There are at least two full variants of this story exist along with several additional tidbits and remnants turning up in other areas. The versions of the story that make a complete tale are those of the  Oley Freindschaft and the Harrity-Palmerton Freindschaft guilds of Braucherei, and their versions complement each other, with the Harrity-Palmerton version containing many details that the Oley version lacked. There are some clashing points between the versions, such as one stating that each Butzemann defends only his own property and the other referring to the Butzemann army taking the battle with the Frost Giants into the north.

This is the first, raw, harmonized version, which includes features of both principal complete versions as well as aspects of the remnants of others. The final version will be published in the near future.

---------------------------

Der Reifkeenich (King Frost) heard that the Wild Hunt had returned to Mannheem (the home of humanity) and that his armies were in retreat from Hexefeld as the Wonnedanz revitalized the land. He first ordered Dreizehdax ("Thirteen-Badger") to go to Mannheem to reclaim his lost holdings. The next day, he dispatched Vatzehvedder (or Vatzehfedder, which may be a dialectic reference to "Fourteen-Porcupine"), and on the third day, he sent Fuffzehfux ("Fifteen-Fox"). Each took with him an army of Giants and allies.

Dreizehdax and his soldiers journeyed twelve nights from the Naddbledder ("Northern Leaves" of the World Tree). As they arrived in Mannheem, they brought the temperature down so much tender plants that could not withstand the cold. Dreizehdax and his soldiers feasted upon the spirits of the dying plants. Dreizehdax led his army down from the north, eventually arriving in the farmlands.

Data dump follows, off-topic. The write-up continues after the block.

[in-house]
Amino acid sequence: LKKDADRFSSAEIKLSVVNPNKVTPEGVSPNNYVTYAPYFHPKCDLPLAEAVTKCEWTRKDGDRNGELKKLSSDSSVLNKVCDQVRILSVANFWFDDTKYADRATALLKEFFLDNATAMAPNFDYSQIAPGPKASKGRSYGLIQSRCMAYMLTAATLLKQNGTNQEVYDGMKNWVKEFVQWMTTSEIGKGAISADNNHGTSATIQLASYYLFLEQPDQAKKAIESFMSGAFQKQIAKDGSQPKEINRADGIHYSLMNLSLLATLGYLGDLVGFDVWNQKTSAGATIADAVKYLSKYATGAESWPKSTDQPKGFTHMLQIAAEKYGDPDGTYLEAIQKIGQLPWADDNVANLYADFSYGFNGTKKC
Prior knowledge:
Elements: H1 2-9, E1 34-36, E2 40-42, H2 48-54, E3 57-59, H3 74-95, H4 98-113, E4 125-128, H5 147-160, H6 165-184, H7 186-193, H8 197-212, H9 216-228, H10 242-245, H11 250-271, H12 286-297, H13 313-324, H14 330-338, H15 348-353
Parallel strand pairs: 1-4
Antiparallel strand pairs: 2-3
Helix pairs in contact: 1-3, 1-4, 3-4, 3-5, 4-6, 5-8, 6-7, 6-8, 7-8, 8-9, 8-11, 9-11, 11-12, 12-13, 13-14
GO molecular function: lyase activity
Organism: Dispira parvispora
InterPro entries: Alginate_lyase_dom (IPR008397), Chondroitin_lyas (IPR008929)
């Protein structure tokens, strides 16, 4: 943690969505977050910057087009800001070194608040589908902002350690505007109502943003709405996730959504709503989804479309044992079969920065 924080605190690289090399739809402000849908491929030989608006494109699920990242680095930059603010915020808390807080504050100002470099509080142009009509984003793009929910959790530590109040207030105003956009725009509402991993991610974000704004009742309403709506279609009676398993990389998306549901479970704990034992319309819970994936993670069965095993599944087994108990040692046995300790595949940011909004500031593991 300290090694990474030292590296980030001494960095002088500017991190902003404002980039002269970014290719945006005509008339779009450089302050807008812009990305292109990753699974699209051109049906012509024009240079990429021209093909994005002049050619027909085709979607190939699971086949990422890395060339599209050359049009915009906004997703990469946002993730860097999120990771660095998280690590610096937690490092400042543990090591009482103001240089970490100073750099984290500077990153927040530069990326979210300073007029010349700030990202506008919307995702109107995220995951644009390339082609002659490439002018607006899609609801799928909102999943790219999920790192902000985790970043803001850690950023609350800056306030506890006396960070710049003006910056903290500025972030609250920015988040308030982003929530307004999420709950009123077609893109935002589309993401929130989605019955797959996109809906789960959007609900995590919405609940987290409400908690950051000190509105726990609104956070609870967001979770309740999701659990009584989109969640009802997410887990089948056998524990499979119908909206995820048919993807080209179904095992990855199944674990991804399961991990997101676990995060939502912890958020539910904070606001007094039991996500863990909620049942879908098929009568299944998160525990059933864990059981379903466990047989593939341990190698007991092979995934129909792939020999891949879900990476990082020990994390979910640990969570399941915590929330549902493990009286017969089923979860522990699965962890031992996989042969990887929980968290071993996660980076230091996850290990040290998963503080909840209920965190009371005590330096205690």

Suddenly, he caught the gaze of a large, powerful, reddish-haired man, and he immediately recognized Him as Dunner. Dunner stood between Dreizehdax and the farmland, which Dreizehdax greedily wished to devour.

The Butzemann (spiritually activated scarecrow) on each farm prepared to fight to protect their children, though they were young and were not sure that they could defeat Dreizehdax and his powerful soldiers. As the Frost Giants stepped forward, Dunner lifted his mighty Hammer and slew one soldier after another, leaving only Dreizehdax, who fled in terror back to the north.

Dunner spoke to the Butzemenner (plural), telling them that He would teach them how to fight the Frost Giants. 

The next night, Vatzehvedder and his armies arrived in Mannheem. His army drenched the mountains in freezing rain, which stung the tenders, and the soldiers devoured the spirits of the dying plants. As the army approached the farmlands, Dunner raised His Hammer and commanded the rain to stop. He told all of the Butzemenner to come out of their shells to fight alongside Him. 

The spirit of each Butzemann stepped forth. Dunner fought the soldiers of Vatzehvedder with His hands, using His breath to warm the air and exerting His Megge (main, megin, life force energy) upon them, which caused them to melt. The Butzemenner followed suit, using the power of their Megge to surround the army so Dunner could destroy it. Vatzehvedder realized that his army was doomed, and he retreated to the north, joining Dreizehdax.

On the third night, Fuffzehfux and his army arrived in Mannheem. He and his soldiers froze the mist in the air, which dropped deadly dew onto the leaves and stems of the tender plants. The dew tortured the tender plants and harmed even many hardier plants. The Frost Giants began to eat the spirits of the damaged plants.